-shut down at high temperature or incrementally drop output wattage if optimal temperature is exceeded in growing environment

-gradually ramp up or down intensity at “sunrise or sunset”

-operate at pre-programmed veg, flower and finish spectral outputs

-change the color output ratios at each of the three presets (Blue, White, Red ratios-see image above, bottom line of controller screen)

AVici LED Grow Light FAQ’s

Q: Does the output include UV wavelengths?

Answer: No.  Similar to DE HPS lighting, there is no significant UV output, as it is not essential for growth and development.  If you would like to add UV to your lighting system, the RevMicro 630watt CMH lighting or other CMH lighting systems can be added into your lighting grid with the AVici; all from the same controller.

Q: How can the AVici operate so cool while producing so much light?

Answer: The AVici has an amazing heatsink system, the heat is absorbed by the sink and scrubbed away by fans rather than directed where it is not wanted into the plant canopy.  The Avici runs completely cool to the touch, ie room temperature for healthier plants and a safer working environment.

Q: How long will the fixture work for, ie replacement of drivers or fans?

Answer: At least 150,000 hours. The AVici is manufactured to aerospace standards, ie the components are rated for 32 years of working life–so the short answer is a very long time!  At Grozine.com we are going to perform real world testing, over a period of time, and report back for all of our following about what we experience and observe.

Q: What size area does the fixture cover, and from what mounting height over the crop?

Answer: From 4′ X 4 (very intense for flowering) to 6′ X 6′ (vegetative growth). Three feet above the canopy is a good place to start if you seek a very intense lighting footprint for flowering below, based on our experience to date.

Q: Do I have to buy the controller for the light to work?

Answer: No. The AVici LED grow light is ready to operate right out of the box, just plug it into any 110-277V power source.  However, to take advantage of smart functions and controls you will need the RLC-1 controller.

From Revolution Micro:

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Growing Hydroponic Tomatoes Healthy Fruits Grown Neat & Tidy

Growing hydroponic tomatoes is fun and rewarding.  Hydroponic tomatoes can be grown indoors with the help of grow lights, seasonally in your yard or patio or year round in a greenhouse. Tomatoes are full of healthy nutrition like Vitamin C and Iron and can be prepared for eating in a countless number of ways–or best yet, eaten straight off the vine.  Knowing exactly what’s gone into and onto the food you eat or feed your family provides great peace of mind.  There are as many good reasons for you to be growing hydroponic tomatoes as there are ways to enjoy them.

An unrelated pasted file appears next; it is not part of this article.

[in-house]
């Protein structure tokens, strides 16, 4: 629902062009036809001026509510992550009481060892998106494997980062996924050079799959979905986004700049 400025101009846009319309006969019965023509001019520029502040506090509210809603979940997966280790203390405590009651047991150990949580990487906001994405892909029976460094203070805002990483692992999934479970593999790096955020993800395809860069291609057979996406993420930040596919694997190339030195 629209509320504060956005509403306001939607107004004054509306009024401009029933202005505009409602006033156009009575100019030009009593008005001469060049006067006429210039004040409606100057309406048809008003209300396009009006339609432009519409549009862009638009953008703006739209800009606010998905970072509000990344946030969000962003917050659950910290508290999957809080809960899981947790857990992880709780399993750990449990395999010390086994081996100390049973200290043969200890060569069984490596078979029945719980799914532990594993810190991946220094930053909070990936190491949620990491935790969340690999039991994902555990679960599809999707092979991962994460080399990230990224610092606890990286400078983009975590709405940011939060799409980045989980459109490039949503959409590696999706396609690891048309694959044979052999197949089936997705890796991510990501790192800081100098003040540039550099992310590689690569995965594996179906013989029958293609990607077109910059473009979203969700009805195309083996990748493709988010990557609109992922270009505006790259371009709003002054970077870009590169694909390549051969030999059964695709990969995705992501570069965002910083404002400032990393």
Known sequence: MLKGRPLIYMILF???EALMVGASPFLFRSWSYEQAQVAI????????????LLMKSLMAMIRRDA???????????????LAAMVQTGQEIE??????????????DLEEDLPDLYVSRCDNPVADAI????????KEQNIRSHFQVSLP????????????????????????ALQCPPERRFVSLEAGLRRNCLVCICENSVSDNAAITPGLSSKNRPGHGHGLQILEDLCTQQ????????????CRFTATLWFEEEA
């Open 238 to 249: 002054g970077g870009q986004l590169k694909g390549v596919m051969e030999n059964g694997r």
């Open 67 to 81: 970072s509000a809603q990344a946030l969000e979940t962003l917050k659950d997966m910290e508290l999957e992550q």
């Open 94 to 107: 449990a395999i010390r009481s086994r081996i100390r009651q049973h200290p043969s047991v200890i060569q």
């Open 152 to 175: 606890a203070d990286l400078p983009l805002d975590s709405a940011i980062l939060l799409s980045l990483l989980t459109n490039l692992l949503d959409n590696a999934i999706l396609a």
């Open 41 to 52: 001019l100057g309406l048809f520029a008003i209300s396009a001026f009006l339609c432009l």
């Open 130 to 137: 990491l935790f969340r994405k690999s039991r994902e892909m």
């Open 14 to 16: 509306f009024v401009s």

Most cultivars of tomatoes will thrive in hydroponics, while some will grow extra vigorously versus conventional gardening methods

There are hundreds, if not thousand of varieties of tomatoes.  Why be limited to just the few that are available at the grocers?  Tomatoes come in a variety of tastes, colors, shapes, sizes and growth characteristics too.  Once you start growing your own there’s a lifetime of culinary discoveries to be made growing hydroponic tomatoes, especially with all those seed choices. Best of all, most tomato varieties thrive in hydroponics growing methods–even water culture methods where little to no growing substrate is used at all, ie the roots grow in in oxygenated water that has all of the necessary elements required for growth readily available.

There are lots of benefits to hydroponics, especially water culture systems versus traditional or conventional growing methods–it’s no surprise why a lot of the world’s top greenhouse tomato producers grow their crops without soil.

Advantages of Growing Hydroponic Tomatoes (versus conventional)

-uses less water than soil gardening (in our RDWC systems about 50% less)

-total control over fertility levels at the roots for better growth rates and harvest quality

-completely hygienic and tidy–no bags of dirt to lug around or spill if you want to grow indoors and less chance of introducing insects or crop diseases

-faster cropping times; plants get bigger and fruit sooner in hydroponics

-easy clean up and replanting, you can often harvest an entire crop and replant in the same day

-lower fertilizer use

Getting Started Growing Hydroponic Tomatoes

Indoors

Growing hydroponic tomatoes indoors, ie with grow lights, allows year round and uninterrupted production.  In winter months growing hydroponic tomatoes indoors can be especially rewarding versus the often flavorless commercially grown selections available at the grocery store.  Imagine on a cold dark winter day unzipping your grow tent and filling a basket with vine ripened, tasty and firm pesticide free fruits from a variety that suits your tastes and personality; pretty tough to beat! If you decide to grow indoors under lights and don’t already have a grow tent or grow room, you should be prepared to make some investment–the good news is grow equipment has never been more user friendly, accessible or affordable as it is at present day.